Fluorescent antibody techniques

Course Navigation

An immunoblot

An immunoblot done with a crude Brucella ovis antigen and sera from infected and non-infected sheep. Those sera with clearly stained bands of 29 kDa (sera 5, 7, 11,and 13) are positive for Brucella ovis antibody

Term: 2014
Published: February 27, 2014
Revised: April 8, 2014

Fluorescent antibody (FA) tests, immune-enzyme assays and radio-immunoassays are primary binding assays. This implies that antigen-antibody complexes are formed during the test procedures, followed by detection or measurement of the amount of immune complexes formed.

Antibodies linked to fluorescent markers or enzymes can be used to detect antigen in tissues or tissue cultures or for the detection of antibody in sera by means of indirect tests. Fluorescein isothiocyanate is readily coupled to proteins and is the marker most commonly used for marking antibodies. When exposed to ultraviolet light, fluorescein radiates longer wavelength apple green coloured light. Sections or smears of tissues may be stained with fluorescein labelled antibodies and examined under an ultraviolet light microscope to locate antigenic material to which the antibody has attached.

When enzyme-linked antibodies are used to locate antigen, the section or smear is flooded with antibody coupled to an enzyme. Alternatively an uncoupled positive serum can be used and a second antibody coupled to an enzyme can be used to identify the attached antibody in a sandwich test. Sections are then washed and flooded with a substrate, which undergoes a chemical reaction catalysed by the enzyme. The substrate changes colour and is deposited in the tissues. Stained areas can then be visualised by conventional light microscopy.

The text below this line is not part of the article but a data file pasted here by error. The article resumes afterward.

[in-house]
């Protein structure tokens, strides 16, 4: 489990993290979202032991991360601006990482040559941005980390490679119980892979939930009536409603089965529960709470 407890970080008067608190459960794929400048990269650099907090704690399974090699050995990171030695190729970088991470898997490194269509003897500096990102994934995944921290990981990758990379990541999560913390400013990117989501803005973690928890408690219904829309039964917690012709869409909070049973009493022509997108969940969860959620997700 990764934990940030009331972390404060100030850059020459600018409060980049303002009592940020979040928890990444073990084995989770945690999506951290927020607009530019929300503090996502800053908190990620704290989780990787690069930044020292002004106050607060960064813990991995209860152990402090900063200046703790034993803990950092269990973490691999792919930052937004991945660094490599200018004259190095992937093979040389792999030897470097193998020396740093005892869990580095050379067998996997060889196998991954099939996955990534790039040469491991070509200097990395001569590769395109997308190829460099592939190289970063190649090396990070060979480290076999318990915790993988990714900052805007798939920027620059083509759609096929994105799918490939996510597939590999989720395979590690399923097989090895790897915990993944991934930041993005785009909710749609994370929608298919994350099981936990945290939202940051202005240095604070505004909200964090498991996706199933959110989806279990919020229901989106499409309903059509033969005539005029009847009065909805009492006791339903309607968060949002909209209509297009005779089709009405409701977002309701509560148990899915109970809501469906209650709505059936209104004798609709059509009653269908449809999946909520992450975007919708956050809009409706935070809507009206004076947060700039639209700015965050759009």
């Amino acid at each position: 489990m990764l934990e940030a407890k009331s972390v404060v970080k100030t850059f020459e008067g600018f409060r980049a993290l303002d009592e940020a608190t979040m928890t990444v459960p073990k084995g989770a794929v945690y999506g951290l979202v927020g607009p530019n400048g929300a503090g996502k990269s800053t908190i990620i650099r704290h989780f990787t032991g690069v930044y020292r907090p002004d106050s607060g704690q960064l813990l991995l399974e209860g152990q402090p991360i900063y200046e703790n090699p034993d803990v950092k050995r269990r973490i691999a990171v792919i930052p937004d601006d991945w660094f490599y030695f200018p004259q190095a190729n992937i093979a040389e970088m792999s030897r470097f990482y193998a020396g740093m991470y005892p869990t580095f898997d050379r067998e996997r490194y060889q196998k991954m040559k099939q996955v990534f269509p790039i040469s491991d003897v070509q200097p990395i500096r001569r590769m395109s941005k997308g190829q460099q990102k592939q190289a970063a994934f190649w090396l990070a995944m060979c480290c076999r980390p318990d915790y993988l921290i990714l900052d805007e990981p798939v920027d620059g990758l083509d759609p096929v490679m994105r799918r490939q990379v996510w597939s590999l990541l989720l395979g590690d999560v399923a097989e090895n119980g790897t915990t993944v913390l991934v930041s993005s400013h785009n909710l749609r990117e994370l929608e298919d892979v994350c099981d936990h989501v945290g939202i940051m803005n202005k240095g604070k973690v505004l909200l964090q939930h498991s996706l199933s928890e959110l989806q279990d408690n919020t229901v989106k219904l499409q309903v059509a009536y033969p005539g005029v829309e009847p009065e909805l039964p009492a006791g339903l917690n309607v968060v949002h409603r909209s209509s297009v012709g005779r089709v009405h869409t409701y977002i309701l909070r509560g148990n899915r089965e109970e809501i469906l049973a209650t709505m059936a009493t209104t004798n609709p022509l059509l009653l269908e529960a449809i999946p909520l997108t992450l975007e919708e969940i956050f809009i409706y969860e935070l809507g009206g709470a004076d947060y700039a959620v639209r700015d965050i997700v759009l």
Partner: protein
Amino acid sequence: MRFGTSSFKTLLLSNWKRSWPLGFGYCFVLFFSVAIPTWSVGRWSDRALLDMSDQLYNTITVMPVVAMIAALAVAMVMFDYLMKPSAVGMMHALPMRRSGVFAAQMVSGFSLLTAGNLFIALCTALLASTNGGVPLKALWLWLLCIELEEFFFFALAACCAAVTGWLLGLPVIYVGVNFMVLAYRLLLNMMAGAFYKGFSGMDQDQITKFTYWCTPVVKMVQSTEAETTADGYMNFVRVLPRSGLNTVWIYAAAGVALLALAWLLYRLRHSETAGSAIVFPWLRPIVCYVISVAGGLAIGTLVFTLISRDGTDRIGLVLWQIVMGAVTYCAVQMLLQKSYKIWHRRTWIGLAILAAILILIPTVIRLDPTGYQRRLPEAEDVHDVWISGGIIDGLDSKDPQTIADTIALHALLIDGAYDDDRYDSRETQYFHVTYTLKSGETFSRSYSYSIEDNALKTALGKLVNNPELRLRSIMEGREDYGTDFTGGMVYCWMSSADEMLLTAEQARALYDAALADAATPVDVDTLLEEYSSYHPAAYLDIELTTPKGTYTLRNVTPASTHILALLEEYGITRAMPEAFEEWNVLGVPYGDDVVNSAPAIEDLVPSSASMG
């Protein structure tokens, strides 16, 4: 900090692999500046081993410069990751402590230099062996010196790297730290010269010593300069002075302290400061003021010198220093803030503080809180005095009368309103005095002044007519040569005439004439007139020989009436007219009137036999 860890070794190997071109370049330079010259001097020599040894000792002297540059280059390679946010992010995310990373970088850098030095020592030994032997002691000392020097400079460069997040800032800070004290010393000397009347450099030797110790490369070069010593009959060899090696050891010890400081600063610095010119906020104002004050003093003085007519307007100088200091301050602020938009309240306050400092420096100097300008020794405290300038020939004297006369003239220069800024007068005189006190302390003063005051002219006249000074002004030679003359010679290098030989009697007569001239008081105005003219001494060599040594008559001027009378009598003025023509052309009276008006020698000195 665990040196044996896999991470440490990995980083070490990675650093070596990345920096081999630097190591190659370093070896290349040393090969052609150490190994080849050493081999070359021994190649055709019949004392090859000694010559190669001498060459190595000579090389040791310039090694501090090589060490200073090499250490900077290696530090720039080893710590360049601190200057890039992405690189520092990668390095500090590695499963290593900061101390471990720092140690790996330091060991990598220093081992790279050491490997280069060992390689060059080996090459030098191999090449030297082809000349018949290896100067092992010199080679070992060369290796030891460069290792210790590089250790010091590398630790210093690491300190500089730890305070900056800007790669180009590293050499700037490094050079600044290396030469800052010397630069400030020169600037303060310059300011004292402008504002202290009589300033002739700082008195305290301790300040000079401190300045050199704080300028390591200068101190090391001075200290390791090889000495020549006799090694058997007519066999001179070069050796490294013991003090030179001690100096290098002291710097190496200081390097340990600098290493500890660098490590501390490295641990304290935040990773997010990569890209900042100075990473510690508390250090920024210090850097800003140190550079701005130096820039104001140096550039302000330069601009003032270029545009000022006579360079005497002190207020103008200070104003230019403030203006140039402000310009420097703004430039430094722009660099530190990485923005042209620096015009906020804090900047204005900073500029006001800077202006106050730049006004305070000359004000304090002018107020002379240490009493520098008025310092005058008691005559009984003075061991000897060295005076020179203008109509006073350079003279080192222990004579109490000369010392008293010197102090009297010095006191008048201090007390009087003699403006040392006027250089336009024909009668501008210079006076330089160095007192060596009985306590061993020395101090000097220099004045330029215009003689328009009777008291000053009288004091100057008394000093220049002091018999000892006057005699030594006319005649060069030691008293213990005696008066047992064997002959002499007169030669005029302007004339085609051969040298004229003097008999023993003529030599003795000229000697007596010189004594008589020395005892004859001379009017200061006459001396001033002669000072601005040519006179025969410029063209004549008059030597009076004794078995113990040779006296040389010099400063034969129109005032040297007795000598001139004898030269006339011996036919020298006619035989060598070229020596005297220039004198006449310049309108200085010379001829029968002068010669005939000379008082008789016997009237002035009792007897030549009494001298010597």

The following topics will be covered in this sub-module:

  • Immunofluorescence assays
  • Immunoblotting and immunohistochemistry

About The Instructor

Prof Moritz van Vuuren

Prof Moritz van Vuuren

  • BVSc MMedVet (Micro)(Pret)
  • Professor in Virology in the Department of Veterinary Tropical Diseases, University of Pretoria, South Africa.
Creative Commons Attribution 4.0 International
This Work, Fluorescent antibody techniques, by Dr RW Worthington, Prof Moritz van Vuuren is licensed under a Creative Commons Attribution license.